My summer in the Army Reserves

My summer in the Army Reserves

Student Ethan Helliwell had his work cut out for him last summer, as he embarked on an unforgettable seven weeks in Waiouru. In this myView student blog post he explains the connection between what he did in the Army Reserves and what he’s studying here at Te Herenga Waka.

Student Ethan Helliwell joined the New Zealand Infantry Reserves over summer to challenge himself and grow his skillset.

Some might struggle to see how a summer in the army could be relevant to a software degree. Despite some initial reservations (no pun intended), I found my summer doing Basic Training 165 with the New Zealand Infantry Reserves to be filled with so many meaningful experiences, compatible with my life and studies.

The reason I signed up was because I wanted to get out of my comfort zone and do something maverick, like digging trenches and planting barbed wire, night exercises, helicopter rides, and vehicle checkpoints. These were just a few of dozens of activities in my two-month stint.

Being in the Reserves is something that I always wanted to do part-time before joining the full-time work force. I won’t lie, it wasn’t a walk in the park (although there was plenty of marching). While the sign-up process took me over a year and a half to complete due to COVID-19, it was well worth the wait. I only wish I had applied when I left high school. Applying required paperwork, tests (both intellectual and physical), and an interview like in any other job. The interview was aided by a candidate engagement facilitator answering any questions and telling me what to expect, which helped a lot.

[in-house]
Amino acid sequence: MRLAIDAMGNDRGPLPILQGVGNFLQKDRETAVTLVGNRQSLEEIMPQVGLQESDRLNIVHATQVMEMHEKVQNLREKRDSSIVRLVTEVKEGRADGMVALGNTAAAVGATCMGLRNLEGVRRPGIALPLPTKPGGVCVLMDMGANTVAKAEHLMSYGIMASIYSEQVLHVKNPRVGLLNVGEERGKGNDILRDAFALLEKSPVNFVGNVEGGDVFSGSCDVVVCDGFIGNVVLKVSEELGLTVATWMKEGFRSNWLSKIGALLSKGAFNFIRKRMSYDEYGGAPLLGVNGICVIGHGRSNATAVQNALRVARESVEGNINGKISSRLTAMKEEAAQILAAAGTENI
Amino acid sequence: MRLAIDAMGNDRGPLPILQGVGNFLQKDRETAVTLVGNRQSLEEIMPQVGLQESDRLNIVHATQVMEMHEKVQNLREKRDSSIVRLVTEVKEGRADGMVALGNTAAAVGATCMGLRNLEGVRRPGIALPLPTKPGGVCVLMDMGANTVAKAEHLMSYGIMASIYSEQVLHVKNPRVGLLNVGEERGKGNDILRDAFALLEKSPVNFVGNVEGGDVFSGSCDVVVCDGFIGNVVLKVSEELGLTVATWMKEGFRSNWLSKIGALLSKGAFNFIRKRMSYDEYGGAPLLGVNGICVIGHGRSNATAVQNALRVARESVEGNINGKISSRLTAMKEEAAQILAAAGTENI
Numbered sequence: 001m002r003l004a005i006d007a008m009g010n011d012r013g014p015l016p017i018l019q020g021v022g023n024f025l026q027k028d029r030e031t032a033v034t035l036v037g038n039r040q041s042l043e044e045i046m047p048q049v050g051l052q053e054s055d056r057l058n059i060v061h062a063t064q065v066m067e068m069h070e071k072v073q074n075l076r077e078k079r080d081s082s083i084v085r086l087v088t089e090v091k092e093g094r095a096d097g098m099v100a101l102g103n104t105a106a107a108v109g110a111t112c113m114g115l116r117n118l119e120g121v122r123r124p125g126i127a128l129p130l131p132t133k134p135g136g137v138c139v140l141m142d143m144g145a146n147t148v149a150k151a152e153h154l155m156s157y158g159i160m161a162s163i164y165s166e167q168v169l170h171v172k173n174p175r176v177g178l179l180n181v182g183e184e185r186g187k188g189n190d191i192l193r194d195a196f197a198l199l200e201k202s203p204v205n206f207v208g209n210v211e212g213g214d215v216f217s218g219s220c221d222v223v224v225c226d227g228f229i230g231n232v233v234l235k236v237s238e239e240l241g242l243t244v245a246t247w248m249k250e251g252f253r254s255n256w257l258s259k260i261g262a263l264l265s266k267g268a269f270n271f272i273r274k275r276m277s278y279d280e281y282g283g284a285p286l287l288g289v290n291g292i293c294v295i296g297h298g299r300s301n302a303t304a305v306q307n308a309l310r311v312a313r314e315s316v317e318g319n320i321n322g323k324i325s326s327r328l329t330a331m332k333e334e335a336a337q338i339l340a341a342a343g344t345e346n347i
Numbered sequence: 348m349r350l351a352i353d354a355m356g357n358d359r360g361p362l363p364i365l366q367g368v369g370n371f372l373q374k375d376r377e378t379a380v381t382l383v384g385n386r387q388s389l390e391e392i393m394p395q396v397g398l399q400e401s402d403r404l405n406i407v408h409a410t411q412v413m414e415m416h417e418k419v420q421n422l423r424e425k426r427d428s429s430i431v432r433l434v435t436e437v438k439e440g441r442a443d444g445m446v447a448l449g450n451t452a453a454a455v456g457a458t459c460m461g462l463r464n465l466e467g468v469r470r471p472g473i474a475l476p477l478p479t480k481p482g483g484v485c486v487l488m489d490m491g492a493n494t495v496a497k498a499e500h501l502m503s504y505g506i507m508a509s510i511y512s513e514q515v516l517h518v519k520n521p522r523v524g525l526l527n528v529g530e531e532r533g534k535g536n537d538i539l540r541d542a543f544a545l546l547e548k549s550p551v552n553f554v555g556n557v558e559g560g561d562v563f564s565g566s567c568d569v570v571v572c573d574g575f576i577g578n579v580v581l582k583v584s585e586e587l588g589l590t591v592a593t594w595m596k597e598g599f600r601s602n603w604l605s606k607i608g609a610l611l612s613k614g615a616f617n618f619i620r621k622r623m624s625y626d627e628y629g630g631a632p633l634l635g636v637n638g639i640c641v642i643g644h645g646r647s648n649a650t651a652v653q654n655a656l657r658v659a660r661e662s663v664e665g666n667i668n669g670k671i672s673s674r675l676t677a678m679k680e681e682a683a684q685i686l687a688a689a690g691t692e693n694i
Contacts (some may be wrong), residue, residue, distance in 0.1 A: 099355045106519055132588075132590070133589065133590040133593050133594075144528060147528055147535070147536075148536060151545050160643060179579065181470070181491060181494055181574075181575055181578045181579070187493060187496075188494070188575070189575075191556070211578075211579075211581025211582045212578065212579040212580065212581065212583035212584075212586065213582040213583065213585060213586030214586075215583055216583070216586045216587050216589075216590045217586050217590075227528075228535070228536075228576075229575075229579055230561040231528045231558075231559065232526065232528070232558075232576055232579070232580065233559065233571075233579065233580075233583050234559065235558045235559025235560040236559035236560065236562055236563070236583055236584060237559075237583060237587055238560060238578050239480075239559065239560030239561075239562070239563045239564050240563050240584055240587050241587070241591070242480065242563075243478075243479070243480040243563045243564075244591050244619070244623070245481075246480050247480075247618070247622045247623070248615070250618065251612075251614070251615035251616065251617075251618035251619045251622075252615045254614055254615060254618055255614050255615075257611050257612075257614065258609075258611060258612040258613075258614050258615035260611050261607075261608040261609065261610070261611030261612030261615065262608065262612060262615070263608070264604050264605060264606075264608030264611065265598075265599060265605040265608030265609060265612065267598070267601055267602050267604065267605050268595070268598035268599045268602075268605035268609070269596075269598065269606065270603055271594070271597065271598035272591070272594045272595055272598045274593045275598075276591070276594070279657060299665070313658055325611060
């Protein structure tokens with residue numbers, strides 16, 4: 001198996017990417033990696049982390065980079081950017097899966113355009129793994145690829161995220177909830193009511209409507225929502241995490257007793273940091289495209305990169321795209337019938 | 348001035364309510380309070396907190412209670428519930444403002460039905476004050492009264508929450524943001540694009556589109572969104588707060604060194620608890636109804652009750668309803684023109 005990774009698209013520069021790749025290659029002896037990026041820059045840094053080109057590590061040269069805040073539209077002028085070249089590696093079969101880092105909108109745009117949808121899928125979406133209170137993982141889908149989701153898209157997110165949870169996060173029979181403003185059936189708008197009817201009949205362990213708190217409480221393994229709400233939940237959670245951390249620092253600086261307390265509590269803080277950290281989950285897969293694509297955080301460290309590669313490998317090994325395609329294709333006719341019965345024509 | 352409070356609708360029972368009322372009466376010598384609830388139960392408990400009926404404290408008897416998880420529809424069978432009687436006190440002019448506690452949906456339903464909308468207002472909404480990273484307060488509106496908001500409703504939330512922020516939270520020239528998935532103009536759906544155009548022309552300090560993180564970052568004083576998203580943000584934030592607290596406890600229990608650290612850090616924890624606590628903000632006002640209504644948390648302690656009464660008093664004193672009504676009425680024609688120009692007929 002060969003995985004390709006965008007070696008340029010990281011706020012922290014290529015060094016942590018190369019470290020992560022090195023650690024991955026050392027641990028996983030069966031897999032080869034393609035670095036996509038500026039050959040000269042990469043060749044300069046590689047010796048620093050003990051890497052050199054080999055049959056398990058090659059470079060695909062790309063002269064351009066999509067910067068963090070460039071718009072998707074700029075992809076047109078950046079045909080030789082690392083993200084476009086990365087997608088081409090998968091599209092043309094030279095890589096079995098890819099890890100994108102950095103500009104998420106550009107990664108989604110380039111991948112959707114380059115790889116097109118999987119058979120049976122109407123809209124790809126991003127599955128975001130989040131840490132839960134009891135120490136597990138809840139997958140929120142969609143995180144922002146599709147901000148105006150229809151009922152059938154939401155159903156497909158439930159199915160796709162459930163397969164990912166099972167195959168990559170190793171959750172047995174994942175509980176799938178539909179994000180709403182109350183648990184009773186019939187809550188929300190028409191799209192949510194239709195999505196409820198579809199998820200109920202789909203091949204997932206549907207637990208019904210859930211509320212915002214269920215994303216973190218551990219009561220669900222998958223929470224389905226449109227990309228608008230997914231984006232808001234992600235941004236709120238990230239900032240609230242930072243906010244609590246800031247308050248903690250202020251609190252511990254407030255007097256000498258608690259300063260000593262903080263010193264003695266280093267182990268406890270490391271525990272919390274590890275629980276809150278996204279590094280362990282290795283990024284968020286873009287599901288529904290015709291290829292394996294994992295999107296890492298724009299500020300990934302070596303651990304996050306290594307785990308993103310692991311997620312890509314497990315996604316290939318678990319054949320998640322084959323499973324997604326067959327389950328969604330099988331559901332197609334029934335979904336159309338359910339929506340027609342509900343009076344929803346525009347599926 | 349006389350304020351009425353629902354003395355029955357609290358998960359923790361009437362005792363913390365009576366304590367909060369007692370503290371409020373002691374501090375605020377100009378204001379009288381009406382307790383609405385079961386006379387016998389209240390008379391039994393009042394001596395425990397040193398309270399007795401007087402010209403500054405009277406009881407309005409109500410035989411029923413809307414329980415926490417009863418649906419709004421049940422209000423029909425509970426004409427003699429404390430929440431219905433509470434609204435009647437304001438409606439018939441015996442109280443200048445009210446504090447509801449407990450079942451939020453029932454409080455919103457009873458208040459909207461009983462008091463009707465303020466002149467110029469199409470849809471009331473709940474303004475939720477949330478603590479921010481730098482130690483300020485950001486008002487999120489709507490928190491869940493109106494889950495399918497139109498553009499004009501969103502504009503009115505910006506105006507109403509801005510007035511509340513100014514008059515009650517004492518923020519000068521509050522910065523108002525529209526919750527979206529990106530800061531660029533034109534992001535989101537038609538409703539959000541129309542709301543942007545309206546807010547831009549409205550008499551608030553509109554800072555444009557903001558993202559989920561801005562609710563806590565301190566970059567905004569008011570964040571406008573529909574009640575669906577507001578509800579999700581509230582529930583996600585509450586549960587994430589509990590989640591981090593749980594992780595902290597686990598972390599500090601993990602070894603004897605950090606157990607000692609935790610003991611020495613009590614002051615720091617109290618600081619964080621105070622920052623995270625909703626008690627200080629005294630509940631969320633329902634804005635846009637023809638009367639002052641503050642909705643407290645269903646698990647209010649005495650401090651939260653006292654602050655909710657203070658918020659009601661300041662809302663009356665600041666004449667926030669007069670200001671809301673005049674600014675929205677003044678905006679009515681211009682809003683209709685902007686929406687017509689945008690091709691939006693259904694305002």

The 5/7 Battallion of the Royal New Zealand Infantry regiment with Mount Ruapehu in the background.

About one month before my induction day the reality really hit. I knew I had to keep my fitness standards up and start preparing myself mentally for the trials and potential setbacks that come with working in stressful environments, as well as being off the grid and away from loved ones. Not what three years of university hadn’t already prepared me for…or so I thought. 

I had never expected to have so much in-class content where taking notes and prepping for mock tests would be applicable—something we did for almost half the seven-week course.

My favourite part of the whole experience was running through the various weapons systems in a controlled, safe, and detailed environment, and the software that was being implemented throughout Waiouru Military Camp. From the small aspects to teach us module components of the assault rifle, to big aspects like on an internal database, where so much behind the scenes work was being organised. 

Ethan stands to attention at Waiouru Military Camp in the central North Island.

While doing this, I imagined what I could apply from my software degree to the Army systems and procedures, and how the behaviours and skills I’d learnt in the Reserves could be used while studying. The meticulous planning, structure, and discipline, as well as values, standards, and ethics, are just some of the things that more students could benefit from. The Reserves gave me the initiative to be more ambitious, confident, independent, and to improve at university. 

Courage, comradeship, commitment, and integrity are the four core values that you’ll gain if you become a member of the NZDF, along with heaps of skills. Consider doing the challenge yourself and good luck with your study everyone! 

Ethan Helliwell is studying for a Bachelor of Engineering (Honours).

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